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October 25, 2013: Mr. Siggi’s Legacy

It appears as though my article about Mr. Siggi isn’t going to appear in the Icelandic Horse Quarterly. First of all, it’s too controversial. Many know that Mr. Siggi had some conformation issues (for example, he was base narrow and one rear foot turned outward). I could counter this by saying this was not why what happened, happened. And secondly, the article isn’t really suited for the publication in question since the focus is on breed promotion. I could counter this by saying that in this article I write about how wonderful these horses are, in both a direct and an indirect fashion. And thirdly, there is some new age wu wu stuff going on here. I could counter this by saying that what happened after wasn’t wu wu. Rather, it

was real life. But why bother? An article based on countering others’ claims isn’t really much of an article.

I concluded the article by saying that what I learned from Mr. Siggi is that risk taking goes hand-in-hand with long distance horse trekking. And furthermore, that Icelandic horses are happiest when they’re doing what they were born and bred to do, which is to be out on the trails. The onset of this began in 800 a.d., when they were imported to Iceland.

But I’ve since come to another conclusion about what I learned from Mr. Siggi. This came to me yesterday, when I was (of all things) getting a haircut. The woman who cuts my hair, Betty, is a very wise woman. She’s not one of these people who is cutting hair because she’s too dumb to do anything else. She’s cutting hair because it enables her to connect, both literally and figuratively, with people. She does both extremely well. Case in point – she’s able to connect with me. I am somewhat of what my biographer Christopher Benson calls a misanthrope.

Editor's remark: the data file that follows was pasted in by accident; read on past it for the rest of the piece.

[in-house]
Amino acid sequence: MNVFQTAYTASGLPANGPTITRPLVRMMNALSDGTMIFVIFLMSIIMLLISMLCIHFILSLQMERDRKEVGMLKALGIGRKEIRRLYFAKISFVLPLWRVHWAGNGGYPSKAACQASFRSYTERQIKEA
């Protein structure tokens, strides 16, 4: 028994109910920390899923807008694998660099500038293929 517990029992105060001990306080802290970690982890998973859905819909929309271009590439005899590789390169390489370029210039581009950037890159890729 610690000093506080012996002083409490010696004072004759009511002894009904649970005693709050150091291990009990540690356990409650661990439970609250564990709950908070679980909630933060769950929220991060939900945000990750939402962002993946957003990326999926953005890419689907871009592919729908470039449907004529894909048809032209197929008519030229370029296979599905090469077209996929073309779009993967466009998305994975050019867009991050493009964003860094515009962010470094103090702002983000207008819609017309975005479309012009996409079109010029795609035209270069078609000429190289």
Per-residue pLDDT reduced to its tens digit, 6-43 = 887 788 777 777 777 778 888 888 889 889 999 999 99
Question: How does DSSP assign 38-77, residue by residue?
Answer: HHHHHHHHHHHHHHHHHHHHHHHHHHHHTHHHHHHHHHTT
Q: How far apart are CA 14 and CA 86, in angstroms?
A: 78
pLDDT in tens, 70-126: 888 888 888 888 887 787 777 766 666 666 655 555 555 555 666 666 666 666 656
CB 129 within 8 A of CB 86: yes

Yesterday we got to talking, and after I told her about Mr. Siggi, Betty told me about her recent loss. This summer she broke up with her long time male partner. Betty said that after, she got to thinking about it, and decided that life is like going down a river. Sometimes we float along and sometimes we get stuck in eddies. Makes sense to me, as did her statement that love and loss are interconnected.

From what I can tell, stories about loss beget other stories about loss. This, the stories we tell, are the common denominator that keep us all connected. This is a very sobering thought. Could it be that Mr. Siggi was aware of this? Most likely not. But the events that followed in the wake of his death have led me to believe that this is yet another life-lesson that I need to internalize.

Perhaps there is more than one life lesson. How many can one cram into an essay? After a bit, readers will say “oh come on.”

I have not moved on past Mr. Siggi’s death. I am obviously, stuck, stuck, stuck in an eddy. Just have to be patient. In time I’ll again head downstream.

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